Back then, though, that flag was still full-sized in the popular mind, i.e., laden with complex and tragic historical associations, as it may be, let us hope, someday soon again. The people at St. Paul’s were, therefore, glad to fly it from the portico as a symbol of the Lost Cause of Southern Independence and a public invitation to the birthday celebration for the one widely acknowledged Southern saint.  

Inside, the congregation would join in the singing of Lee’s favorite hymn, “How Firm a Foundation.” And finally, the minister would climb into the bright brass pulpit and deliver a sermon on some Christian quality exemplified by General Lee—courage, gentleness, forgiveness (it was different every year). Submission to the Self to the Sense of duty, or maybe just plain coping with defeat.

There were still some people in that congregation then who remembered seeing Lee in church, in Pew Number One-Hundred-and-Eleven. My great-grandmother among them. She had been a teenager during the War and could tell you all about it, as she saw it from Pew Fifty, and would, too, even if you didn’t ask her. I can still see her sweeping in, like a fragile black bat, trailing veils of mourning for a husband, a Confederate, of course, who had died some 37 years before.

She, in turn, died at the age of 93 when I was only five, before she managed to communicate to me any concept of the cost that General Lee had come to represent for her and for her generation. Not just the cost in loss of property and all hope of prosperity, but the loss of almost one-third of the white male adult population in the South. (As well as the mutilation—physical and psychic—of God only knows how many others.)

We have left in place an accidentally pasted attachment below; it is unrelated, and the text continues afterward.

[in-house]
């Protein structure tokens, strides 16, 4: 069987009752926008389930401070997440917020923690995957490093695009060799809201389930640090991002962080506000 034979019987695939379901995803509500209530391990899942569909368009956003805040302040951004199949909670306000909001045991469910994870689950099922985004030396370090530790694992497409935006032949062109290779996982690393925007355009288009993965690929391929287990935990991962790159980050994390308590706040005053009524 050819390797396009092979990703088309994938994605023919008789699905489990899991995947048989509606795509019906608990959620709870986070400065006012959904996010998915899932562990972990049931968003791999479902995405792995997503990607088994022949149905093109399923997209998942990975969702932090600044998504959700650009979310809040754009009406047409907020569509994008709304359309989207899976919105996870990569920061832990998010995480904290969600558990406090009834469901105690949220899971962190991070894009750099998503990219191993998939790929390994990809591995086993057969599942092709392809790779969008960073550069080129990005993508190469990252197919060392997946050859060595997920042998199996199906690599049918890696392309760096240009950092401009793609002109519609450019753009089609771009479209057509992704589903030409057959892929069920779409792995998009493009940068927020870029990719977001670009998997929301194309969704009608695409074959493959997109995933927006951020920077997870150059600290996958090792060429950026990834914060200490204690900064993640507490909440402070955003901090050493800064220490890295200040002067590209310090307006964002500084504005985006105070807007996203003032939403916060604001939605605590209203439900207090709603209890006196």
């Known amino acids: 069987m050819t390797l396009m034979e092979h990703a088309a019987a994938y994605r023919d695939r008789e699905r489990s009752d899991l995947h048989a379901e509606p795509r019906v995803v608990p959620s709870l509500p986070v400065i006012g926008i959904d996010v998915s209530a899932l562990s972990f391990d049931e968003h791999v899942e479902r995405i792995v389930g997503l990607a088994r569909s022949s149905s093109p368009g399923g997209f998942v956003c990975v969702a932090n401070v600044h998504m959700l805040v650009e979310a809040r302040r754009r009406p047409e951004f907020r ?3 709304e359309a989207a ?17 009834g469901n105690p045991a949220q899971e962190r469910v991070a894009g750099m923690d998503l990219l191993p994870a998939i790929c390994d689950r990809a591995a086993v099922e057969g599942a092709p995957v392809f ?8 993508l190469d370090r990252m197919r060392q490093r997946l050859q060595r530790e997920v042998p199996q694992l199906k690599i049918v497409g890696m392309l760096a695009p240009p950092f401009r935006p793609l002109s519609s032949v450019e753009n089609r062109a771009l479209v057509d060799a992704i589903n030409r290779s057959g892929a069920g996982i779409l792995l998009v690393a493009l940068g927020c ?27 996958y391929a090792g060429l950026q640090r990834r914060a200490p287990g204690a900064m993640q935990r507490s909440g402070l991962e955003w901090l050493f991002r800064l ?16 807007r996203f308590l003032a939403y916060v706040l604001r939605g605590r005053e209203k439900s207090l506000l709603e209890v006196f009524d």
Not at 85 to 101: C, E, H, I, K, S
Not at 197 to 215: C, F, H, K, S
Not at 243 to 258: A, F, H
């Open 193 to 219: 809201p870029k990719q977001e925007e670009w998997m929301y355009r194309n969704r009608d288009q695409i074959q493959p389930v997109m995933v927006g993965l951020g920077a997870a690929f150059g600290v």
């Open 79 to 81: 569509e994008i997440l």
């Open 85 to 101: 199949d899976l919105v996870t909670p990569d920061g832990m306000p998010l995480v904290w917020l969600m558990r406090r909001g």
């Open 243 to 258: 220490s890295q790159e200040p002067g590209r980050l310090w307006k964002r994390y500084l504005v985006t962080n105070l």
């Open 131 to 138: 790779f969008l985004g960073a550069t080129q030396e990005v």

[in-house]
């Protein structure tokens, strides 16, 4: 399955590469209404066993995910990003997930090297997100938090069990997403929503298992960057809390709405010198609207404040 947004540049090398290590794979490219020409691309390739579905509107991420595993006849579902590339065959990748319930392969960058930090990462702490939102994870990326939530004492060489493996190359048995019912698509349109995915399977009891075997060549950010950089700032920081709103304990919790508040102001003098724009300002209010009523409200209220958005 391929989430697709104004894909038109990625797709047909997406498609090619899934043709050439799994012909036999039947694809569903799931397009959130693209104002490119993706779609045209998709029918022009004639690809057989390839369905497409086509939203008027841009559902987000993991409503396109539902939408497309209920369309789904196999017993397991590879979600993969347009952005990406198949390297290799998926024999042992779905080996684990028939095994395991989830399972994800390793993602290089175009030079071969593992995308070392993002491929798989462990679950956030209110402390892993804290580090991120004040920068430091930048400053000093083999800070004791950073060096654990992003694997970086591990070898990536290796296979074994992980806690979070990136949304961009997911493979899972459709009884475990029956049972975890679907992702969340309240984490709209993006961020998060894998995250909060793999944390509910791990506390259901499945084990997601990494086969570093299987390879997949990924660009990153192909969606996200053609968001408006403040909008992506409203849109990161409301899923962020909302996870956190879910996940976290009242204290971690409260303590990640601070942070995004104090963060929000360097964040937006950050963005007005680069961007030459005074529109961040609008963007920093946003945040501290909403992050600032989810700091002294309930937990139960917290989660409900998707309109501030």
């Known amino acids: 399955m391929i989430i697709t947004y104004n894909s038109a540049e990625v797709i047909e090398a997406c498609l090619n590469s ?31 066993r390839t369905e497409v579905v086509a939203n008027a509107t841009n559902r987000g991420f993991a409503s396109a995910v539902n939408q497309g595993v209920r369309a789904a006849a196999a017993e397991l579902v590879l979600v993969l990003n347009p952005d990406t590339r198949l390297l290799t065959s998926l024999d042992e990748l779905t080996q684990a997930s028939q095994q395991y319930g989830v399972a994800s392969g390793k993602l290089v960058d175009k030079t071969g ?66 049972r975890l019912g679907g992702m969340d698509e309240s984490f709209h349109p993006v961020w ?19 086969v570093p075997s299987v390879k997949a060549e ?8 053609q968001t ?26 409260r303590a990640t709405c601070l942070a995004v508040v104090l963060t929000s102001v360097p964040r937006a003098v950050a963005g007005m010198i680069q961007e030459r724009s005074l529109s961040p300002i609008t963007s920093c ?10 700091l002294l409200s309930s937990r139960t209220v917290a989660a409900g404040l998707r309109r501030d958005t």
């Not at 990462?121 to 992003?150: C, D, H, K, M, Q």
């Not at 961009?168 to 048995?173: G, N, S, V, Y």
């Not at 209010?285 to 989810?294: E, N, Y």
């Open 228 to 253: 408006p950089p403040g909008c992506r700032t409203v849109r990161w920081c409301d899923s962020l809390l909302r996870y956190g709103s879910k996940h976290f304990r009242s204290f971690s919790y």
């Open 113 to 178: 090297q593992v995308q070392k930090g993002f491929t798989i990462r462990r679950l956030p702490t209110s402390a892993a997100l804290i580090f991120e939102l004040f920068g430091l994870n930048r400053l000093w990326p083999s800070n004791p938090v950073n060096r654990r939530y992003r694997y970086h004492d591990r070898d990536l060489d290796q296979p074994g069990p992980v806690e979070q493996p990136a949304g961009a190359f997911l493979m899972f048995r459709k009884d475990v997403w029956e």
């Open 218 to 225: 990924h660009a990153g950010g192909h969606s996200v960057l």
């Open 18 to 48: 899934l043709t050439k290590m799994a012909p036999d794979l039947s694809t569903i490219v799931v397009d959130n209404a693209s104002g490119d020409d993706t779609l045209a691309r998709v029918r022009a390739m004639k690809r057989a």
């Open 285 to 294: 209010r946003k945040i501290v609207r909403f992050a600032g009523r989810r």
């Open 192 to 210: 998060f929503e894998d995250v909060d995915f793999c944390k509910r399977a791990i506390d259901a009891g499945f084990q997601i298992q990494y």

It took another war and a bizarre incident in that same church to bring that concept home to me. Up until that point, I think I thought of General Lee and his War Between the States (or “W.B.T.S.” if you were in a tearing hurry on a history test, but were not brave enough to face if you wrote “Civil War”) as being just about as bloodless and symbolic as the statues that we saw all over town.

Then one Saturday night, during World War II, a shell shocked sailor wandered into St. Paul’s Church, went berserk, and drove his fists through the bottoms of the stained-glass windows facing Ninth Street. Next, apparently, he wiped his bleeding hands on some of the hymn books before somebody came and took him out.